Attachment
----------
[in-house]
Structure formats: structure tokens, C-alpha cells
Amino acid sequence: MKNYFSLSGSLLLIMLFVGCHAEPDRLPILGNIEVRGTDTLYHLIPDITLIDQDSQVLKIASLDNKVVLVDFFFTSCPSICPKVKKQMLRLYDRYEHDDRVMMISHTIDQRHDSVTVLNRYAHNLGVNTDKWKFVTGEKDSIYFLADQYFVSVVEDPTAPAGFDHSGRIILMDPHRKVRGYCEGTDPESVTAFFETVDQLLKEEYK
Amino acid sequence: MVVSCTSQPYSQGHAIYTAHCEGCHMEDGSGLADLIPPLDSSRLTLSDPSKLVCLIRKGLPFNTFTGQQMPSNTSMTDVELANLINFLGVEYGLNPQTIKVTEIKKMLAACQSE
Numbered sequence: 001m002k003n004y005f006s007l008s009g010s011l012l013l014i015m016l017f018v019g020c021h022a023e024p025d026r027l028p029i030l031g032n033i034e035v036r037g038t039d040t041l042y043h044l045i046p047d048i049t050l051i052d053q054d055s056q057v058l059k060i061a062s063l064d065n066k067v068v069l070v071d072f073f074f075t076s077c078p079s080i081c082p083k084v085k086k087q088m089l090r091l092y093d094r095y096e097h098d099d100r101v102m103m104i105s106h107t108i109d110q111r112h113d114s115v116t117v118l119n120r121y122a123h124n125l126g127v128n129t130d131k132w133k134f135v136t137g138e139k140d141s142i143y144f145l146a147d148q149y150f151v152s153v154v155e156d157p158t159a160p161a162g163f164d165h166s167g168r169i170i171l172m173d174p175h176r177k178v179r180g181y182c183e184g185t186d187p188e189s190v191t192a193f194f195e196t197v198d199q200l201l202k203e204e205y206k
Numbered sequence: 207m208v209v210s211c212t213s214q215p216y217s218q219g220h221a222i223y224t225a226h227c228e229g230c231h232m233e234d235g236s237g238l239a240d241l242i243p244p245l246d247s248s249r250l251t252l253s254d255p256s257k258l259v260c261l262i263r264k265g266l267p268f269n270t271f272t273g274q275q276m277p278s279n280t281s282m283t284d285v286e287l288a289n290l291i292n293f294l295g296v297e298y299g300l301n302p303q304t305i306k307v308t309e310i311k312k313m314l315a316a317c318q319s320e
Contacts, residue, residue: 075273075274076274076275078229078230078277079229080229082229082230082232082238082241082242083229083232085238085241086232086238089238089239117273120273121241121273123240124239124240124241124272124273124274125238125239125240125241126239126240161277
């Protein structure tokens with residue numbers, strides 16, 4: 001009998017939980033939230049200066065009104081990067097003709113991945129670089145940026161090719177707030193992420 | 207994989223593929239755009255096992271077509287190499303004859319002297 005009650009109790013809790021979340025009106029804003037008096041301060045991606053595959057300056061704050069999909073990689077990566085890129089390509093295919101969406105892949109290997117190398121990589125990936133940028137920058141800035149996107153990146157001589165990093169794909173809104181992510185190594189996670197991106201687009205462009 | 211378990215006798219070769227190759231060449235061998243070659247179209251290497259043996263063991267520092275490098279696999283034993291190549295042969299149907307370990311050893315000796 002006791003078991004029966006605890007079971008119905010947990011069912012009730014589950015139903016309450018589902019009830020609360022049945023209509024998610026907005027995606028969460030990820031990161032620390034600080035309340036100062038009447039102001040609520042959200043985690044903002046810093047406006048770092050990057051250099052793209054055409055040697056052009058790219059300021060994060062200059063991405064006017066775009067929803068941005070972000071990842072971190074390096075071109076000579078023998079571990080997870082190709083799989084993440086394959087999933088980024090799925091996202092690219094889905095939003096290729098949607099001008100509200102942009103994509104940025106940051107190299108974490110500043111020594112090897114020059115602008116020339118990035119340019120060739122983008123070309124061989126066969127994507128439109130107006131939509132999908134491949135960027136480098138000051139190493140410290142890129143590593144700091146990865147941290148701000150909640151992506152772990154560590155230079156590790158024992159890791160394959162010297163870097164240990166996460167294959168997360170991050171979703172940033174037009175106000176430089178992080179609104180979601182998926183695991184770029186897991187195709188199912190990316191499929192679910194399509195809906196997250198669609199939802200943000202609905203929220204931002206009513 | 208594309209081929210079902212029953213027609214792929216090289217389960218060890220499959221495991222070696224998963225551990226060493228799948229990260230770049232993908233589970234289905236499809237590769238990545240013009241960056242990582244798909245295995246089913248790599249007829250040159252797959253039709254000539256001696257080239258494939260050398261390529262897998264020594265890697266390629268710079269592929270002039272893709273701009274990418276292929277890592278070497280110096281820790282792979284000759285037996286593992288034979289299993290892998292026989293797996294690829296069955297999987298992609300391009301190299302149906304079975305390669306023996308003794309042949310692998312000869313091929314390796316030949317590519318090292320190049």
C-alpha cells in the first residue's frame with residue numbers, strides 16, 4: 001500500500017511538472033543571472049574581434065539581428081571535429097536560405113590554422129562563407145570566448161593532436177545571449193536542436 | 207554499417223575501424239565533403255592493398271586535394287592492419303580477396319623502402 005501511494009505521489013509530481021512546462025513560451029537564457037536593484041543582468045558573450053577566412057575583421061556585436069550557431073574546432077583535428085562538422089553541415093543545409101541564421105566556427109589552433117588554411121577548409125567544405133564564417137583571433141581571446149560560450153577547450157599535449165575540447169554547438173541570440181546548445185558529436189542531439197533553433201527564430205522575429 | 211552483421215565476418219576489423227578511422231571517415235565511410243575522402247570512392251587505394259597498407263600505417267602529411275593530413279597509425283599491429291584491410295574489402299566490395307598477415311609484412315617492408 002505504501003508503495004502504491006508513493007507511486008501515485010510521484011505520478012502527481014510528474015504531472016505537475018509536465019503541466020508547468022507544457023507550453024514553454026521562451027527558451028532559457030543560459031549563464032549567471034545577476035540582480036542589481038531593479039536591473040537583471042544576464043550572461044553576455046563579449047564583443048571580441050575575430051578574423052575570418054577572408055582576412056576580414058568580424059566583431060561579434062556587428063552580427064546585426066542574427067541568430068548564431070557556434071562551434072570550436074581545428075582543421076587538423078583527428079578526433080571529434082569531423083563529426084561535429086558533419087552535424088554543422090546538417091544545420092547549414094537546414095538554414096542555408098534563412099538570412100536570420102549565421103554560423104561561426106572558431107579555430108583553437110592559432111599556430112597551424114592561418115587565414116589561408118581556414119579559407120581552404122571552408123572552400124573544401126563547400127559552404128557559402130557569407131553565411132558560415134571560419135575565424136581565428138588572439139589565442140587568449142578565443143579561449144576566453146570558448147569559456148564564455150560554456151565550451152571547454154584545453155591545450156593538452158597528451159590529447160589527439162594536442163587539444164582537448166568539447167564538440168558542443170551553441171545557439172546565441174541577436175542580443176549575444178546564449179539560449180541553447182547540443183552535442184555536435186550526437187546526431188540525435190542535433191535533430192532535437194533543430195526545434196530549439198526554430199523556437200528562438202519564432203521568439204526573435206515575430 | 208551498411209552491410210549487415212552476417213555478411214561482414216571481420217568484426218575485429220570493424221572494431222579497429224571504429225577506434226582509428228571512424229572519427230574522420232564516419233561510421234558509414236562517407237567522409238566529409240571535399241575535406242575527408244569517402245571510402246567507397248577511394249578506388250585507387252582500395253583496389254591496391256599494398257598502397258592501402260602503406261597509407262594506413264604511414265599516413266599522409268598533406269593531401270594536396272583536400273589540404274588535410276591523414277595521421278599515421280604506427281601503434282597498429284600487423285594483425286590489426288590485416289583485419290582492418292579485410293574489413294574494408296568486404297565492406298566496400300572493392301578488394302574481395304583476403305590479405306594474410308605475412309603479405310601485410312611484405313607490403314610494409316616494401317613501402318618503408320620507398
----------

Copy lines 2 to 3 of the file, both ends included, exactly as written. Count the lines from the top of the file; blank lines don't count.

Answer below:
Structure formats: structure tokens, C-alpha cells
Amino acid sequence: MKNYFSLSGSLLLIMLFVGCHAEPDRLPILGNIEVRGTDTLYHLIPDITLIDQDSQVLKIASLDNKVVLVDFFFTSCPSICPKVKKQMLRLYDRYEHDDRVMMISHTIDQRHDSVTVLNRYAHNLGVNTDKWKFVTGEKDSIYFLADQYFVSVVEDPTAPAGFDHSGRIILMDPHRKVRGYCEGTDPESVTAFFETVDQLLKEEYK